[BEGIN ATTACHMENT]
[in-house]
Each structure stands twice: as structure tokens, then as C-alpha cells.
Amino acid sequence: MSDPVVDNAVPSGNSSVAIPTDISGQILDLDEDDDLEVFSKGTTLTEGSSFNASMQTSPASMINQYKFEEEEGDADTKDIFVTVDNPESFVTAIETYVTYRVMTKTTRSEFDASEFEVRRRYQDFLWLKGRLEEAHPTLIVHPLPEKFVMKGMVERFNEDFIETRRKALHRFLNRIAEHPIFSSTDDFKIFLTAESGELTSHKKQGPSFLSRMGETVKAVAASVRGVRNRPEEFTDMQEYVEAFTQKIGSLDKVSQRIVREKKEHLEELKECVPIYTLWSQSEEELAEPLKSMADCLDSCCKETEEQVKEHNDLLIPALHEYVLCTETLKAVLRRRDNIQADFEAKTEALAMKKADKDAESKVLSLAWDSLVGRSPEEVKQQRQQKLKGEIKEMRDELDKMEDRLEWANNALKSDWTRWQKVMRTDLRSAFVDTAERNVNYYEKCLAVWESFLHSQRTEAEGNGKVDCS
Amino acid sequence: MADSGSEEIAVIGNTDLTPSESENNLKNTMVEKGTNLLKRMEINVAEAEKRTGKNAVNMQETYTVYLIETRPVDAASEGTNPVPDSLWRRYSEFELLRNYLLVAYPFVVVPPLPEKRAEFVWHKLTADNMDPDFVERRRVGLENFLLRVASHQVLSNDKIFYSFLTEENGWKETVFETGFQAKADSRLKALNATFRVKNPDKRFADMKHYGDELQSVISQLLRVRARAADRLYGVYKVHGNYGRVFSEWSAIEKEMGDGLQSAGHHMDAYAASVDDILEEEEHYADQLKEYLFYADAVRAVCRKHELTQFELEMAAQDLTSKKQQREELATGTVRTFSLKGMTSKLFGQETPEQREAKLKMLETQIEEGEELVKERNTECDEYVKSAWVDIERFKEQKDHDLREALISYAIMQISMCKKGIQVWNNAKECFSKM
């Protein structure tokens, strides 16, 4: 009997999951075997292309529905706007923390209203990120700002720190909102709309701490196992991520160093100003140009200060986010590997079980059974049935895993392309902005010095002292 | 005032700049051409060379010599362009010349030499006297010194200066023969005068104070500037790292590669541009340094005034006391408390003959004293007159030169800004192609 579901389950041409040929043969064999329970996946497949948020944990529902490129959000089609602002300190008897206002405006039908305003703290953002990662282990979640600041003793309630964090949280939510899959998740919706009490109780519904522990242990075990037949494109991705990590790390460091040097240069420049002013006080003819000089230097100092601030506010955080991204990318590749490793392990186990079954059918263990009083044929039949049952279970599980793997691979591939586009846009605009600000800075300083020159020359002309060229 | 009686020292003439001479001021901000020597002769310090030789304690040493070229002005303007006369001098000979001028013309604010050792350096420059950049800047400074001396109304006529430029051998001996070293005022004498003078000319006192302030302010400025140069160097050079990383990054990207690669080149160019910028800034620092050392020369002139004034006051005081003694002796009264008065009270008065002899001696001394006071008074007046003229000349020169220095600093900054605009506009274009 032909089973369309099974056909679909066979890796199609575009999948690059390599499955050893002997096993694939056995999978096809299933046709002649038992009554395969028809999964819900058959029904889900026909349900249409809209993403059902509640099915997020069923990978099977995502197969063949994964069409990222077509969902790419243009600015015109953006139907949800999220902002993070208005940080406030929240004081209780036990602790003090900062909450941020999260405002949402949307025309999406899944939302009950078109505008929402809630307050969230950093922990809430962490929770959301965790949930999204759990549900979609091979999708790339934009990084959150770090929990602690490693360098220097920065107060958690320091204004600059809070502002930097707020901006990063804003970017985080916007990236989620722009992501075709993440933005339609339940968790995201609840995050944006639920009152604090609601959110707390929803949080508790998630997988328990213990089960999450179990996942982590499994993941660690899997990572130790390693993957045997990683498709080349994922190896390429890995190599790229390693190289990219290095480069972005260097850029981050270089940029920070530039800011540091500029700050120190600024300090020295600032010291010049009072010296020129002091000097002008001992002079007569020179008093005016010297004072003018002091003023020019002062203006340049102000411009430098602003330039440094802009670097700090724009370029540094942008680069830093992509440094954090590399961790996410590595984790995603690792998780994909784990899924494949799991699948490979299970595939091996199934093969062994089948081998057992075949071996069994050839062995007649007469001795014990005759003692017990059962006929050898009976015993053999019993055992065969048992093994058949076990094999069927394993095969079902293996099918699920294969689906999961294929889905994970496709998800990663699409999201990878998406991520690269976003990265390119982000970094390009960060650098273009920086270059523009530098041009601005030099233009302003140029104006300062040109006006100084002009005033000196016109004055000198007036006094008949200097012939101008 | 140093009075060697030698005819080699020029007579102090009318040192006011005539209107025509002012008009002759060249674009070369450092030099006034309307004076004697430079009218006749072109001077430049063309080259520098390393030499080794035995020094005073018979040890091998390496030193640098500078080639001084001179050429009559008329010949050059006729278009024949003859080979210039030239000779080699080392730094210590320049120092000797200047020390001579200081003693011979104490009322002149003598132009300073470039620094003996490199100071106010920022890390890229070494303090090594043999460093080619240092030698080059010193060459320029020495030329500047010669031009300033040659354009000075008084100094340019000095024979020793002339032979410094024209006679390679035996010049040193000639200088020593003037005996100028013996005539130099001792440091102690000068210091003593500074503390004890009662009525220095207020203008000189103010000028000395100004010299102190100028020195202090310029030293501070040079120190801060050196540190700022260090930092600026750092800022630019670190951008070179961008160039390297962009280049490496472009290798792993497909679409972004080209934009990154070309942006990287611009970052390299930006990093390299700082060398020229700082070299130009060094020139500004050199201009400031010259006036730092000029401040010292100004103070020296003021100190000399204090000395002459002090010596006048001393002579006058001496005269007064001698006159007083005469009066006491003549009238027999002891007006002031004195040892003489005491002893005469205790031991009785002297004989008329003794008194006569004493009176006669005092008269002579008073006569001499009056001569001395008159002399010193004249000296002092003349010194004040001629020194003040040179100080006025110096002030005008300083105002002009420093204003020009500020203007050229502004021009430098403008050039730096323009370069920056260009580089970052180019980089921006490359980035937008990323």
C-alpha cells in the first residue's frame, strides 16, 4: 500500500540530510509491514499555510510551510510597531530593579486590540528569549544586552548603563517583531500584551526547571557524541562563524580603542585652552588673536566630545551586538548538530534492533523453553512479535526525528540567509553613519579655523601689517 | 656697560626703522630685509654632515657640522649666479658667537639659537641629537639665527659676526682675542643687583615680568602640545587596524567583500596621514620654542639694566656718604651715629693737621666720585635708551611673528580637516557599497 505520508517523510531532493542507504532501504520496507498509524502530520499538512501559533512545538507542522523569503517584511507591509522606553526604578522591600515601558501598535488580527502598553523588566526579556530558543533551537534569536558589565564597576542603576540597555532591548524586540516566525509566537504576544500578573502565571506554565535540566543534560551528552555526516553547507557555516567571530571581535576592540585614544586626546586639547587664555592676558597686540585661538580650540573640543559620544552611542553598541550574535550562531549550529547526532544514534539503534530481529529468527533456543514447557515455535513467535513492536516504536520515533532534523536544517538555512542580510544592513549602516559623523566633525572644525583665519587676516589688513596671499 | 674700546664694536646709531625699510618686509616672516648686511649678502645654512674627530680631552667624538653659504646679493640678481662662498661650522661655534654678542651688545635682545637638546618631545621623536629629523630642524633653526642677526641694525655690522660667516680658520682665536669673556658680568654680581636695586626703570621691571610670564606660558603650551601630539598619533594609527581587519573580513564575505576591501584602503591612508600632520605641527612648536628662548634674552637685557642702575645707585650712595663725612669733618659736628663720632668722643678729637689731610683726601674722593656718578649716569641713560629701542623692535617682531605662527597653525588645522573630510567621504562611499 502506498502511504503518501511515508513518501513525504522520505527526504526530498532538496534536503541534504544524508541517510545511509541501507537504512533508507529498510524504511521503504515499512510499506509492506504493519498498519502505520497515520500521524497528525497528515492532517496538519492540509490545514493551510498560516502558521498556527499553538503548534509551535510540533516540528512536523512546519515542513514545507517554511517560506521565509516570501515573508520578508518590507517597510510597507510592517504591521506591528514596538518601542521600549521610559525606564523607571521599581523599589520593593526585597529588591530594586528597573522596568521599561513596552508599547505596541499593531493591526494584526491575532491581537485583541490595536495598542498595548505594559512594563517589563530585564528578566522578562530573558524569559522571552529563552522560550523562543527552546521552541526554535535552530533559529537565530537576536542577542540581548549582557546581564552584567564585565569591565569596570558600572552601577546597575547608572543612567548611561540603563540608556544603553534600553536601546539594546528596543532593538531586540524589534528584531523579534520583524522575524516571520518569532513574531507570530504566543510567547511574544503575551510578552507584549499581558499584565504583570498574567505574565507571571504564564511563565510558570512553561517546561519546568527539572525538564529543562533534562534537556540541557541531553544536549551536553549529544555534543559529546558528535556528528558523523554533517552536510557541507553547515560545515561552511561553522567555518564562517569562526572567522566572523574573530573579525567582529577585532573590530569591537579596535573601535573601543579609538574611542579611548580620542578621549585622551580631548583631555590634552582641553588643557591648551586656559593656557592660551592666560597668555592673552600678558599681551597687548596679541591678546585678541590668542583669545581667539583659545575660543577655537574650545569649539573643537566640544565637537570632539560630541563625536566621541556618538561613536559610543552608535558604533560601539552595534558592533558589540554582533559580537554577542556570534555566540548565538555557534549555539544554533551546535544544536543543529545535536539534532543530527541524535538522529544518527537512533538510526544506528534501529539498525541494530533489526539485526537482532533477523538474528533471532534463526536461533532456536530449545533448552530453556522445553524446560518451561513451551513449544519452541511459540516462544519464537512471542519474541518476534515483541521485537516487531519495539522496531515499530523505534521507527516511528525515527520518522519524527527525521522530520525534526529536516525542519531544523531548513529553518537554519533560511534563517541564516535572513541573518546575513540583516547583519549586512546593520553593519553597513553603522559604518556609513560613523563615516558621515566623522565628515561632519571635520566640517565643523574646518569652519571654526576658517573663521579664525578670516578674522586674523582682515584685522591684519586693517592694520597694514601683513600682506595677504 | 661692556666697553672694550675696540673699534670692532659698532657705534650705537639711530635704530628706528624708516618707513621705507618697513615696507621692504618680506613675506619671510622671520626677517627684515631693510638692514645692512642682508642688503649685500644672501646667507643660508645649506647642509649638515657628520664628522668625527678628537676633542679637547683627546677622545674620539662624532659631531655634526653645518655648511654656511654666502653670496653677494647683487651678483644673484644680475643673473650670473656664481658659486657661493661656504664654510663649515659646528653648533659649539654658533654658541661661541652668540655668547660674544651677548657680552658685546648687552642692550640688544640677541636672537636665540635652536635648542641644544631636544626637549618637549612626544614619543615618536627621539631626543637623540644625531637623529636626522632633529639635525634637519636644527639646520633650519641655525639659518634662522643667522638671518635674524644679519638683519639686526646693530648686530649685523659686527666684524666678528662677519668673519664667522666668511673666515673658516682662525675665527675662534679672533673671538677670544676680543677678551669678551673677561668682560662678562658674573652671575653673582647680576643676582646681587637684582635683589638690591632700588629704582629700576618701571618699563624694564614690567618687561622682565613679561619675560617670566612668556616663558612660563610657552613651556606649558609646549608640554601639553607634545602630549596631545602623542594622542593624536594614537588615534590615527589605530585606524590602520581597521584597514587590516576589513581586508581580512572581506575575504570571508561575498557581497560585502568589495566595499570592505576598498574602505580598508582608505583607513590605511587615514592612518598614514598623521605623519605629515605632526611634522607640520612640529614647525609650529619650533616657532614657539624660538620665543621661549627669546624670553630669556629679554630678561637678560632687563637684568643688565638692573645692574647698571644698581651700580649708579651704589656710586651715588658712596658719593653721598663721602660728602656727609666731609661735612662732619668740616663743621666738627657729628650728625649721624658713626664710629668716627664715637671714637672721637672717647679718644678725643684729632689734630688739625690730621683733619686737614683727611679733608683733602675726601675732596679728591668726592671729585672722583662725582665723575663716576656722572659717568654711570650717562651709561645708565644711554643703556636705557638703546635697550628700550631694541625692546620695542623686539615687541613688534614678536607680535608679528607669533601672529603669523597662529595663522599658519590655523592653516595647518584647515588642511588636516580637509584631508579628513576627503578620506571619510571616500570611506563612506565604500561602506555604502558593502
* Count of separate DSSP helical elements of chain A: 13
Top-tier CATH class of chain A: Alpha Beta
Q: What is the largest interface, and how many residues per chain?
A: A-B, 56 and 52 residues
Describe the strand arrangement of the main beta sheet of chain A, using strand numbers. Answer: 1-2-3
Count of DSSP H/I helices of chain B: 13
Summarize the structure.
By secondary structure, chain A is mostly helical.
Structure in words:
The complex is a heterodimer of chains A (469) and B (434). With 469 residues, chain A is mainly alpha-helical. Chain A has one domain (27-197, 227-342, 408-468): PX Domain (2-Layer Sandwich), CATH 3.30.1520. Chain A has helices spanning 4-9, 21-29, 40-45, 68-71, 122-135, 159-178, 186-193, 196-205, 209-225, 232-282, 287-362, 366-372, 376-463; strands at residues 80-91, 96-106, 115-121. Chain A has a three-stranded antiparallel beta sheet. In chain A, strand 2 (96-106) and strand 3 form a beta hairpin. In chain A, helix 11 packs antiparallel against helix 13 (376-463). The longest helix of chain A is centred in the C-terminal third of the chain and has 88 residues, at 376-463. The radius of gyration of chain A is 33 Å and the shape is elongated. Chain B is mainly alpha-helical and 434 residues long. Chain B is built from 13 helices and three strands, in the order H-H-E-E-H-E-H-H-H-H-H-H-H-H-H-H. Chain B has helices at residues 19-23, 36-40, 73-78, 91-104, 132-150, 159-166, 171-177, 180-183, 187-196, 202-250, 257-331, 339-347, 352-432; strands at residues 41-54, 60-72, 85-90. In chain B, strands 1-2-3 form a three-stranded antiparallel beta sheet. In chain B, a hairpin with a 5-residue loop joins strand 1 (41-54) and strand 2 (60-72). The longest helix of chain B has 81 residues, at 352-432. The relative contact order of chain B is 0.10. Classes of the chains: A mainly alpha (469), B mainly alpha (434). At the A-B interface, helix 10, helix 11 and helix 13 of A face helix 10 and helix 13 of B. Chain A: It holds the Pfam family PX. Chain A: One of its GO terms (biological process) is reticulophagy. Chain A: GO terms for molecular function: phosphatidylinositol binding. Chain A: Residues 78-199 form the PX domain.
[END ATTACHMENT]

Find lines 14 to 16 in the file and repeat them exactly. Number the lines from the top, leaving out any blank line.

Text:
By secondary structure, chain A is mostly helical.
Structure in words:
The complex is a heterodimer of chains A (469) and B (434). With 469 residues, chain A is mainly alpha-helical. Chain A has one domain (27-197, 227-342, 408-468): PX Domain (2-Layer Sandwich), CATH 3.30.1520. Chain A has helices spanning 4-9, 21-29, 40-45, 68-71, 122-135, 159-178, 186-193, 196-205, 209-225, 232-282, 287-362, 366-372, 376-463; strands at residues 80-91, 96-106, 115-121. Chain A has a three-stranded antiparallel beta sheet. In chain A, strand 2 (96-106) and strand 3 form a beta hairpin. In chain A, helix 11 packs antiparallel against helix 13 (376-463). The longest helix of chain A is centred in the C-terminal third of the chain and has 88 residues, at 376-463. The radius of gyration of chain A is 33 Å and the shape is elongated. Chain B is mainly alpha-helical and 434 residues long. Chain B is built from 13 helices and three strands, in the order H-H-E-E-H-E-H-H-H-H-H-H-H-H-H-H. Chain B has helices at residues 19-23, 36-40, 73-78, 91-104, 132-150, 159-166, 171-177, 180-183, 187-196, 202-250, 257-331, 339-347, 352-432; strands at residues 41-54, 60-72, 85-90. In chain B, strands 1-2-3 form a three-stranded antiparallel beta sheet. In chain B, a hairpin with a 5-residue loop joins strand 1 (41-54) and strand 2 (60-72). The longest helix of chain B has 81 residues, at 352-432. The relative contact order of chain B is 0.10. Classes of the chains: A mainly alpha (469), B mainly alpha (434). At the A-B interface, helix 10, helix 11 and helix 13 of A face helix 10 and helix 13 of B. Chain A: It holds the Pfam family PX. Chain A: One of its GO terms (biological process) is reticulophagy. Chain A: GO terms for molecular function: phosphatidylinositol binding. Chain A: Residues 78-199 form the PX domain.